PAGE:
Campaigners are back in court arguing that changing the women’s state pension age from 60 to 66 is discriminatory and unlawful.
Almost four million women born in the 1950s who thought they would be able to retire at 60 have had to wait another five or six years because of Government changes to the state pension age.
Last year, campaign group Backto60 took the Government to the High Court for a judicial review to get women reimbursed for money lost due to state pension changes.
The case involves two women – Julie Delve, 62, and Karen Glynn, 63 – who argued that raising the pension age unlawfully discriminated against them “on the grounds of age, sex, and age and sex combined”.
They lost after the High Court ruled that the increase in the state pension age affecting women born in the 1950s was not discriminatory.
The case has now been taken to the Court of Appeal, which is hearing arguments over two days.
Speaking at a virtual court hearing on Tuesday, Michael Mansfield QC, representing the women, said the state pension changes had been “catastrophic for this group”.
“We have a group of essentially, economically and emotionally, disenfranchised women. So it is against that background that we do submit that there are grounds for discrimination,” he told the court via video link.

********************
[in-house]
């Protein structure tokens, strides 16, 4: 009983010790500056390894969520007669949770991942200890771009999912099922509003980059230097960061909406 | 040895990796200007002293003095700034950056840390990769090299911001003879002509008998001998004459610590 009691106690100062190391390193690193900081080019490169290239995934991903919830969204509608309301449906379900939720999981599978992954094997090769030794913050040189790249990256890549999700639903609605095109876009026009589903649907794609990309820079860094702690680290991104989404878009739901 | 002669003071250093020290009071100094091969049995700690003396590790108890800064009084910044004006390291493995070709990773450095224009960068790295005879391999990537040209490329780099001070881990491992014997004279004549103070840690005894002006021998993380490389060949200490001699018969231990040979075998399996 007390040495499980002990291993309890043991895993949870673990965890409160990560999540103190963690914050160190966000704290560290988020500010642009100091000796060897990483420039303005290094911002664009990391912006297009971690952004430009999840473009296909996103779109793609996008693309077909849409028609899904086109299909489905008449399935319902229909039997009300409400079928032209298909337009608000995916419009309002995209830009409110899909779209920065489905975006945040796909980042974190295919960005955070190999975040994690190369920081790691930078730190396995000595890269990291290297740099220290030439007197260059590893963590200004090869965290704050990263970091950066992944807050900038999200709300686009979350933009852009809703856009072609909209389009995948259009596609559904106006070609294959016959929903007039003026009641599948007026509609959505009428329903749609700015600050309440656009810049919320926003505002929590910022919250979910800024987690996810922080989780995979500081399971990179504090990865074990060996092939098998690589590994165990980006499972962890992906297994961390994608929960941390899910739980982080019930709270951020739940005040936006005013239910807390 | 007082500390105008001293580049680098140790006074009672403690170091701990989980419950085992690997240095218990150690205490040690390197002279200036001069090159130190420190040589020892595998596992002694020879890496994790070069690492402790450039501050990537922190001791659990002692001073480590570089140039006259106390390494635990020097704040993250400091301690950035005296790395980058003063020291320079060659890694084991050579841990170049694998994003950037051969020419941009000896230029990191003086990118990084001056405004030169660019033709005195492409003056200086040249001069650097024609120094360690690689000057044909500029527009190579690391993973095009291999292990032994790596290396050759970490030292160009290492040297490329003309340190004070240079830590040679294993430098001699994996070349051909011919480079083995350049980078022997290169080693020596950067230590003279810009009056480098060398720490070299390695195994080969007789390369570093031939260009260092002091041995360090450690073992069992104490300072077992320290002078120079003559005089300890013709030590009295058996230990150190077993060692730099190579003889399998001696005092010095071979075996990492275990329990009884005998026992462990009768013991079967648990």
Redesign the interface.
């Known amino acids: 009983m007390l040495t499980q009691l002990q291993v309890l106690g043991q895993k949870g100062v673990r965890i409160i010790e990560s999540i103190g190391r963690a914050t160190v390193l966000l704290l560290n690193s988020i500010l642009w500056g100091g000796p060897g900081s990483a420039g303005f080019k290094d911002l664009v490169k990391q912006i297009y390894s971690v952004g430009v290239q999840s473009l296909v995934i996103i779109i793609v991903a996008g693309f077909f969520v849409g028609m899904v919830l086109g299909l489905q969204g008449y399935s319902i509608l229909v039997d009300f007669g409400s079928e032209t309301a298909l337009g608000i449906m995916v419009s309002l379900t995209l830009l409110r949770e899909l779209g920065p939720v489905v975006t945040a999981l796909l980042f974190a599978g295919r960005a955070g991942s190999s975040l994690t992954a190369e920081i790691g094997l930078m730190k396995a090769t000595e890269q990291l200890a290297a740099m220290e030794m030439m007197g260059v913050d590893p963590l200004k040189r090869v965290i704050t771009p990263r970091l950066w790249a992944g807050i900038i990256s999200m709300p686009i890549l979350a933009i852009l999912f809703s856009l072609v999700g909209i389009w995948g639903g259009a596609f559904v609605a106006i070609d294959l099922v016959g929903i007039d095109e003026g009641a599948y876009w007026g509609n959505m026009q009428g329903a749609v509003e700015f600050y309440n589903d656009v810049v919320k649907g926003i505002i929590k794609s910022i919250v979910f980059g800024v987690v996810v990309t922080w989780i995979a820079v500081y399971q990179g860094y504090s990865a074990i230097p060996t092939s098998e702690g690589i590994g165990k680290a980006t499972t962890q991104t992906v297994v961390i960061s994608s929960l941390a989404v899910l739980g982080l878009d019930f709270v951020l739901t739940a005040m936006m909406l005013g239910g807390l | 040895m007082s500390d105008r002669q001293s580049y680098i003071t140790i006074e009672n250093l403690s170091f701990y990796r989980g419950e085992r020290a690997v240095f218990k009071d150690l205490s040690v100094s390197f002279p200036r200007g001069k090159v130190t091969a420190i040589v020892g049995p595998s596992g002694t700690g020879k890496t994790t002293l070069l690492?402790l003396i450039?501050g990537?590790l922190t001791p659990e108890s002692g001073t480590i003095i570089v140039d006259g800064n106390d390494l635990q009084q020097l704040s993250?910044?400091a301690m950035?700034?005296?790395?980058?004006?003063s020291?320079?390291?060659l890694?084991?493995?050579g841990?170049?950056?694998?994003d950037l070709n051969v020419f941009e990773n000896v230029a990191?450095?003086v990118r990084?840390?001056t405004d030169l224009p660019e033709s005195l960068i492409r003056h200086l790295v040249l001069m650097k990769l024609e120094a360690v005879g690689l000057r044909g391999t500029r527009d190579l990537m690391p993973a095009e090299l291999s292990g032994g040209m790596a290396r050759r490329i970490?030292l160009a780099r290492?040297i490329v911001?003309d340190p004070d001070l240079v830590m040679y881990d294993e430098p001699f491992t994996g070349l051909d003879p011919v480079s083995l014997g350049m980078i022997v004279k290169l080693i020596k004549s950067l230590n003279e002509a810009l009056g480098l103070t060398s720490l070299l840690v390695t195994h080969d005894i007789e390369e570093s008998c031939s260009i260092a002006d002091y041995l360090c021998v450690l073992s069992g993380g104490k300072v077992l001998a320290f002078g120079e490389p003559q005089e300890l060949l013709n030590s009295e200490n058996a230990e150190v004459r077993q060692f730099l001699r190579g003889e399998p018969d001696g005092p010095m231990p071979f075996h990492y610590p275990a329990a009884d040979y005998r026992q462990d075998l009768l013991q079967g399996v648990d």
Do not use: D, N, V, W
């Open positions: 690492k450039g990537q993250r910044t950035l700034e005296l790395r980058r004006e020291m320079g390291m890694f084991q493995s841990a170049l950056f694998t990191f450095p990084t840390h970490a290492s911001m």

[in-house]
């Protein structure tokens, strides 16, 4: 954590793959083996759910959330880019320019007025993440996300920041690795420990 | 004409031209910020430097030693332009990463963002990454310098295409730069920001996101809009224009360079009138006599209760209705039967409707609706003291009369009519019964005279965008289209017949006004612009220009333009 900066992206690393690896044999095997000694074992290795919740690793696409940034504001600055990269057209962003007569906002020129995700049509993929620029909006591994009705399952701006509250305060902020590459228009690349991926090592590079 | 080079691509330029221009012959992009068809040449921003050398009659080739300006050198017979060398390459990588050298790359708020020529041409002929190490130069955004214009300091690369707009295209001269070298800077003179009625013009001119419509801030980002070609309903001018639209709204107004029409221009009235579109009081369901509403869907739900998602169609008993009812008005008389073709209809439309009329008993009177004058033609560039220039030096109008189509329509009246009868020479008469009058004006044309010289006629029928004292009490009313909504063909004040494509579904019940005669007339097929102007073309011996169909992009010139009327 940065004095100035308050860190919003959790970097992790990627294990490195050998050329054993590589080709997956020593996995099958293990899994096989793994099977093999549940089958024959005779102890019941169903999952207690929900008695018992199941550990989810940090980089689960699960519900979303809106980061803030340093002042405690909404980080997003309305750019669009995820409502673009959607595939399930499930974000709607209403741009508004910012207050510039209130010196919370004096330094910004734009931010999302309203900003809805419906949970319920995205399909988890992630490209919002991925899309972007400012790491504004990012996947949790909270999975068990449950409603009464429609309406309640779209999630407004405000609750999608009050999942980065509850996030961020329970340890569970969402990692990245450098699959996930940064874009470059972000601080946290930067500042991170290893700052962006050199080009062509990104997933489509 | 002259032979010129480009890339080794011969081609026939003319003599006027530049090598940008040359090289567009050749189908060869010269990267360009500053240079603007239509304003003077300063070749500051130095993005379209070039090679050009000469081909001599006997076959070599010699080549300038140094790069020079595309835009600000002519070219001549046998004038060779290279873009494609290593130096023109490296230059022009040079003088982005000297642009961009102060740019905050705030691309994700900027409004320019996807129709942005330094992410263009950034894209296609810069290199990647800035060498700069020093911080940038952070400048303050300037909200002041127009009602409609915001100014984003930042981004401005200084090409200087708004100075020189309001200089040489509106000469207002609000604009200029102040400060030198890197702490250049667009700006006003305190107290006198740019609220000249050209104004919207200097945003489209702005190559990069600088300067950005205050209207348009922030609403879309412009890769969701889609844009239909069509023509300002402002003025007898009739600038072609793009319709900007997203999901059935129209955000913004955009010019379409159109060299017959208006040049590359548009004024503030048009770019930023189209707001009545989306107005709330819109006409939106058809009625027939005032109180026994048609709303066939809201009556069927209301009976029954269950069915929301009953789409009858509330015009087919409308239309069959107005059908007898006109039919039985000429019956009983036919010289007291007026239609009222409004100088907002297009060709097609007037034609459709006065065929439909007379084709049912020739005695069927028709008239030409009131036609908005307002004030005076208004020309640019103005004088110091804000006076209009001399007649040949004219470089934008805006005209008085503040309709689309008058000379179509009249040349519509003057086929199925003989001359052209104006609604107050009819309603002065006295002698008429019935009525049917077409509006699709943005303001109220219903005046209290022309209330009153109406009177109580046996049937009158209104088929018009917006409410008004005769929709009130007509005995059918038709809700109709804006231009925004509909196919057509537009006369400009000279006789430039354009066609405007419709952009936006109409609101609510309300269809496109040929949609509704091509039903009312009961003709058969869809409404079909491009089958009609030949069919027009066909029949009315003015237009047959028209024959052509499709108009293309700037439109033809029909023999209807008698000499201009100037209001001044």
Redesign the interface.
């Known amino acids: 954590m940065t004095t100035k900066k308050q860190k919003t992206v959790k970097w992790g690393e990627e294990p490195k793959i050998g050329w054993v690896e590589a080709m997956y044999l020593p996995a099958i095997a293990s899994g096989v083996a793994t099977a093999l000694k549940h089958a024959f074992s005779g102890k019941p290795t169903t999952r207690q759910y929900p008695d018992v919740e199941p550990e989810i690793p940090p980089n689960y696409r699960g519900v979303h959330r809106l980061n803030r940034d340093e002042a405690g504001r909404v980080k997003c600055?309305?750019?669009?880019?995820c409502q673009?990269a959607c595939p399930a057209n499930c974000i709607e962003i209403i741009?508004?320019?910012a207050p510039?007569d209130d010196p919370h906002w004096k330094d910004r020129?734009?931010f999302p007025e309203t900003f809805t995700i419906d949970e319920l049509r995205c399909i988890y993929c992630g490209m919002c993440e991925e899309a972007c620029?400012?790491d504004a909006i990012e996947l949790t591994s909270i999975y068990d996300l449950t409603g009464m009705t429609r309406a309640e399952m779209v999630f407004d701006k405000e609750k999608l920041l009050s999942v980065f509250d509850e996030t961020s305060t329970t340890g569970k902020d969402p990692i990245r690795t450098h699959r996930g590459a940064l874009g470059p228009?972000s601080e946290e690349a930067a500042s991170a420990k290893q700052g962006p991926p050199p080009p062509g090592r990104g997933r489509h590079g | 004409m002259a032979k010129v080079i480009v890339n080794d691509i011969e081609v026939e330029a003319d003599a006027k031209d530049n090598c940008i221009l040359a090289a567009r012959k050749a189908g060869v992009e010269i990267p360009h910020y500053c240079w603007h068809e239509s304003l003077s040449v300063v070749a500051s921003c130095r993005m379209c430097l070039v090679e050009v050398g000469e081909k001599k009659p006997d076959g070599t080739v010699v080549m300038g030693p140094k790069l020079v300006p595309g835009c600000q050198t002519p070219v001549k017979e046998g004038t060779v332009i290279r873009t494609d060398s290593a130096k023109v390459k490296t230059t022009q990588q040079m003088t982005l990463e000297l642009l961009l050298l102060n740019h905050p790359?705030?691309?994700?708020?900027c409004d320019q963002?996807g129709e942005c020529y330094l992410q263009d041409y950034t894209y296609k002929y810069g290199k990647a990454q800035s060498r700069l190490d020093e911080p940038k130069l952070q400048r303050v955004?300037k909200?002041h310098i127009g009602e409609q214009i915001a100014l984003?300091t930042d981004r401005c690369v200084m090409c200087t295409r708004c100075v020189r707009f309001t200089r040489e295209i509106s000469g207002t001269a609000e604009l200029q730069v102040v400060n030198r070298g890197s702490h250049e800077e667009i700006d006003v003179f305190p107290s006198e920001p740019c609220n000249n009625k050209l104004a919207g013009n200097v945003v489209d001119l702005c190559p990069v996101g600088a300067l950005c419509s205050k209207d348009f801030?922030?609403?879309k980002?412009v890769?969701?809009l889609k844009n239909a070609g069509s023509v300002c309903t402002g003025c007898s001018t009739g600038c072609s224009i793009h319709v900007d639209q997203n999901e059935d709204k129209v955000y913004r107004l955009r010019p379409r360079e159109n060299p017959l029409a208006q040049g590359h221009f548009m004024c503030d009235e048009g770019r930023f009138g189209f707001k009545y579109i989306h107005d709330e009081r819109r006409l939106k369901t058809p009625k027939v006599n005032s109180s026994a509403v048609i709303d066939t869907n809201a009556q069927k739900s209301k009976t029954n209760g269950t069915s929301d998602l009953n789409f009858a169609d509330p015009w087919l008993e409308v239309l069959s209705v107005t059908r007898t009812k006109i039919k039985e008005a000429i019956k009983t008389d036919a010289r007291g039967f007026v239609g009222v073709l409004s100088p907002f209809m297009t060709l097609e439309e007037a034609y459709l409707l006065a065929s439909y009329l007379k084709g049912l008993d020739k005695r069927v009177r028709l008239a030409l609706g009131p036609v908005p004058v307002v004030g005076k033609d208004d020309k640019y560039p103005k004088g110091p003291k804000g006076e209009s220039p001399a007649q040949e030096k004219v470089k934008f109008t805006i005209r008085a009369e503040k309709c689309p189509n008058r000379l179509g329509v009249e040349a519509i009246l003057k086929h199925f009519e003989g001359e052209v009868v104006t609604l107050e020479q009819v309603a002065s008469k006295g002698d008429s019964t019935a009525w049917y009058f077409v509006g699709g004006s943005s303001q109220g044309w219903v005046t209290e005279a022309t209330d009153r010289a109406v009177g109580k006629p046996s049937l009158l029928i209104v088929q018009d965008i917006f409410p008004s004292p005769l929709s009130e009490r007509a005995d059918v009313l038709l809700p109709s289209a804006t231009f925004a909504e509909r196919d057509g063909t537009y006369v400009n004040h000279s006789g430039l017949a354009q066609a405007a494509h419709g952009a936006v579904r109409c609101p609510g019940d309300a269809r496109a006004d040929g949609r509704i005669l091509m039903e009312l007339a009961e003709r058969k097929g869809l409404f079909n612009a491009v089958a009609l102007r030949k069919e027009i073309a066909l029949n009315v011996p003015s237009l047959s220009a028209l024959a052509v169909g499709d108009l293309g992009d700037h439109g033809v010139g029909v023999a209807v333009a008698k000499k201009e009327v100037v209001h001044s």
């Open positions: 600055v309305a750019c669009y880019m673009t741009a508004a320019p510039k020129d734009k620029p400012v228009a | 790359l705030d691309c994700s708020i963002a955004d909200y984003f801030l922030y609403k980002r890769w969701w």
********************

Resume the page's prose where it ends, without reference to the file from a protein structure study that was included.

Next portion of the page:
What caused the uproar?
The Pensions Act 1995 increased the state pension age for women and would have brought the qualifying age in line with men by 2020.
The Government then decided to accelerate its plan to increase the state pension age in 2011, so that men and women were on an equal footing by 2018.
The state pension age is currently 65 for both men and women and will increase to 67 by 2028.
Moneywise has spoken to a number of women born in the 1950s hit by the state pension changes, many of whom have suffered financially and emotionally.
Some women stopped working after expecting to receive a pension, but the changes have left them with little time to make alternative plans.
While the government insists it did enough to notify affected women of the changes, many disagree.
BackTo60 and other campaign groups, notably Waspi (Women Against State Pension Increases) argue that many women born in the 1950s were not warned of the changes and have suffered financial hardship as a result.
What do the campaigners want?
BackTo60 is campaigning for all women born during the 1950s to have their financial position restored to the position it would have been, had the state pension age remained at 60.
— to www.moneywise.co.uk